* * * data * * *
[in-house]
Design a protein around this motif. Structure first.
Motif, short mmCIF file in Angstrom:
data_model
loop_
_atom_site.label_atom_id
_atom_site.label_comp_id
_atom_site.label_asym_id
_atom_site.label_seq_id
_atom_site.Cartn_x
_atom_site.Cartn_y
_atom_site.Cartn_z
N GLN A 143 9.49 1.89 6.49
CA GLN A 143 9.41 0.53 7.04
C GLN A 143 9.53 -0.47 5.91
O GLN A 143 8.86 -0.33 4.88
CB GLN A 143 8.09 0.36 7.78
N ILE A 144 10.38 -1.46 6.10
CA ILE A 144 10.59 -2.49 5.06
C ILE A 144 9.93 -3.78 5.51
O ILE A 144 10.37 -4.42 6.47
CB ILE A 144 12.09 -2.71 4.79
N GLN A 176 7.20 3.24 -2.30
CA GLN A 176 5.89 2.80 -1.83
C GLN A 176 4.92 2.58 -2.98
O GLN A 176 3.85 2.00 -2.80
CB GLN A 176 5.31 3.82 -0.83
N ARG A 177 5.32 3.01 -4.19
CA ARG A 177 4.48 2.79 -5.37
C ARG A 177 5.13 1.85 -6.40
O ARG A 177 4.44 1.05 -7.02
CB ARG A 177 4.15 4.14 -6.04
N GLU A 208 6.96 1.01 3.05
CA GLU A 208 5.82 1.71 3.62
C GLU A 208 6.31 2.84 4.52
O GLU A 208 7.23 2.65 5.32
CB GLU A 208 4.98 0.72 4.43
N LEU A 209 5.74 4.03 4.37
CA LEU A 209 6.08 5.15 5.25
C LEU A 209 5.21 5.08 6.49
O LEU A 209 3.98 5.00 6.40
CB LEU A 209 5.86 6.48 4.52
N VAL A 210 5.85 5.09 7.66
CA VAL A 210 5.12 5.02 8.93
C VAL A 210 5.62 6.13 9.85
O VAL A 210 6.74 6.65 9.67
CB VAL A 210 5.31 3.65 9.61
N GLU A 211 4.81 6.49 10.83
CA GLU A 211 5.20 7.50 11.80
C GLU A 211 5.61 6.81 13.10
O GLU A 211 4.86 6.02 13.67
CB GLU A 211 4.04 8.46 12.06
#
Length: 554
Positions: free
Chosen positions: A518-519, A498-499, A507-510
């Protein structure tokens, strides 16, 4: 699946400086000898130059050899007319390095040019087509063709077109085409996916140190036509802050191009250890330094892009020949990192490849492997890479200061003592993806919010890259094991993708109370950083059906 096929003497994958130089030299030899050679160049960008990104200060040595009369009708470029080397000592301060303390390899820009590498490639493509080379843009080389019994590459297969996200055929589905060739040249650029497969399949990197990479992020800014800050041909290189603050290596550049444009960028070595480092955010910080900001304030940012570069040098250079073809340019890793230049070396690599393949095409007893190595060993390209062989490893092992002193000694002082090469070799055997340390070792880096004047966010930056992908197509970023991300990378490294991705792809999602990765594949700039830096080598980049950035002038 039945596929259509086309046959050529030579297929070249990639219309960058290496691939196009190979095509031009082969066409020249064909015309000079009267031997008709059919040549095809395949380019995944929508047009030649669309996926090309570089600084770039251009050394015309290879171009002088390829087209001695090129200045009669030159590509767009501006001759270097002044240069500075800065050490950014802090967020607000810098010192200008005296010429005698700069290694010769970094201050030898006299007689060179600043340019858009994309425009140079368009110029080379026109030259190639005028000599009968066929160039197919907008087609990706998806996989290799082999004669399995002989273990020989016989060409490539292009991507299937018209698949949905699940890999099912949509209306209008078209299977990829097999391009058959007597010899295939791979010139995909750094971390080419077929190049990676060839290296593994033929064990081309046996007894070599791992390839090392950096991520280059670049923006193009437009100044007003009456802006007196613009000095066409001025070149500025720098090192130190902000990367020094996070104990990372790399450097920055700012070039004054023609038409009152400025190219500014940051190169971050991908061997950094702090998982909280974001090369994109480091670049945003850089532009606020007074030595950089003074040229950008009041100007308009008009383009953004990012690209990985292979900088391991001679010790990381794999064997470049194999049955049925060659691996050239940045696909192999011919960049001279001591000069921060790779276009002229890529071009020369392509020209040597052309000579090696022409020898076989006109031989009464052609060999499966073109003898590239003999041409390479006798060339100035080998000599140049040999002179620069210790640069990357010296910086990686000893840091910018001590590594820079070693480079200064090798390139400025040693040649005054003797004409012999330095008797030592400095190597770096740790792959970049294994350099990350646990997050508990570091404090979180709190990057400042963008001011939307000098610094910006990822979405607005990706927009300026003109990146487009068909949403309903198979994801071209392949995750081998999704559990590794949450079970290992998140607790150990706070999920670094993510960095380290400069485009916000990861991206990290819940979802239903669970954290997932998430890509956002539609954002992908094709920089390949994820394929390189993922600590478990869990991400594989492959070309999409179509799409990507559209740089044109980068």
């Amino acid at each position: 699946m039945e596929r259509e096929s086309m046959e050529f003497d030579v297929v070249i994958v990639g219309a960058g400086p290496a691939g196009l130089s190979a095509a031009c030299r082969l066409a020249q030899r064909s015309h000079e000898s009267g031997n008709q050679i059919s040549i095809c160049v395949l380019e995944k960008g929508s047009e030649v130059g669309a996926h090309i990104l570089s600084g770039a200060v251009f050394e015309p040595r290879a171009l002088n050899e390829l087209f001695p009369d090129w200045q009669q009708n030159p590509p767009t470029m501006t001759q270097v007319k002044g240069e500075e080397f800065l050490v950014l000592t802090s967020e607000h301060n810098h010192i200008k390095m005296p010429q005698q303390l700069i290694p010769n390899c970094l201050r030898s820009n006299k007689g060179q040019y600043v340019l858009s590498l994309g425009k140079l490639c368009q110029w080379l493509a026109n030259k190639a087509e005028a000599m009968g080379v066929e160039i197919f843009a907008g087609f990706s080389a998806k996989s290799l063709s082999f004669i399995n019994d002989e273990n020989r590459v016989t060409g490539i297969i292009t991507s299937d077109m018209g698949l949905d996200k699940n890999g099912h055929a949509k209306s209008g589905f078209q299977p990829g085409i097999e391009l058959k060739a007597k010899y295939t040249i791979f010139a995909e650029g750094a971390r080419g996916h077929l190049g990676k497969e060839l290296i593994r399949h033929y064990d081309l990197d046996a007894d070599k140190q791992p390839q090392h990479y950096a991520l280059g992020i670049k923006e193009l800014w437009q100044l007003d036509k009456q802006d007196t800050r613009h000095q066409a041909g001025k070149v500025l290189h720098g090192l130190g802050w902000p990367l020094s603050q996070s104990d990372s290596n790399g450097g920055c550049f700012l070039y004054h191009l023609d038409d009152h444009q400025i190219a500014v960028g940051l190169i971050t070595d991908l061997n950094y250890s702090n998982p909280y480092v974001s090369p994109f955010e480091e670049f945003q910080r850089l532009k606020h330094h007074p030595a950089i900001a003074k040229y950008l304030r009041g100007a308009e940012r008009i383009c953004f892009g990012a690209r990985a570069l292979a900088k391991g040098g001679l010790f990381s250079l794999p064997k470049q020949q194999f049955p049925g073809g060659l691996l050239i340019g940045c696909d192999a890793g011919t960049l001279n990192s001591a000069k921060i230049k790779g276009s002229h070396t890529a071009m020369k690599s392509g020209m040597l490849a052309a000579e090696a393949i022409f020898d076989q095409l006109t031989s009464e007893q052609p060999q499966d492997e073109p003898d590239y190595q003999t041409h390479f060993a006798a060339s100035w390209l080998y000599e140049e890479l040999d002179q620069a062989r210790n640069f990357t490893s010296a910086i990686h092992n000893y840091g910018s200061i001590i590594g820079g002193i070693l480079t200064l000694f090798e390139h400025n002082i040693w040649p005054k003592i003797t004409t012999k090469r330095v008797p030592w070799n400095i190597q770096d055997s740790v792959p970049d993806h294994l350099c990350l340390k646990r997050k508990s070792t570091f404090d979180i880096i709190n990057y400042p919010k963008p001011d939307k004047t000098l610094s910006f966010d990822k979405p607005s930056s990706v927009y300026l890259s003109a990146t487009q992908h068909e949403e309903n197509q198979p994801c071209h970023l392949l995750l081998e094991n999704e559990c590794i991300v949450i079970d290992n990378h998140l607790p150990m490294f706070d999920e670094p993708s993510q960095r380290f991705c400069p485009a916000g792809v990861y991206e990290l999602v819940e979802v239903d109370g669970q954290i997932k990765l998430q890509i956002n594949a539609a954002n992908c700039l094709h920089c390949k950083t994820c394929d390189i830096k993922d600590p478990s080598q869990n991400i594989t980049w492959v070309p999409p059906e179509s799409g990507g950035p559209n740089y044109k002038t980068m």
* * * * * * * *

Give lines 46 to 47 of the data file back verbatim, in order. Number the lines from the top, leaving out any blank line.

O VAL A 210 6.74 6.65 9.67
CB VAL A 210 5.31 3.65 9.61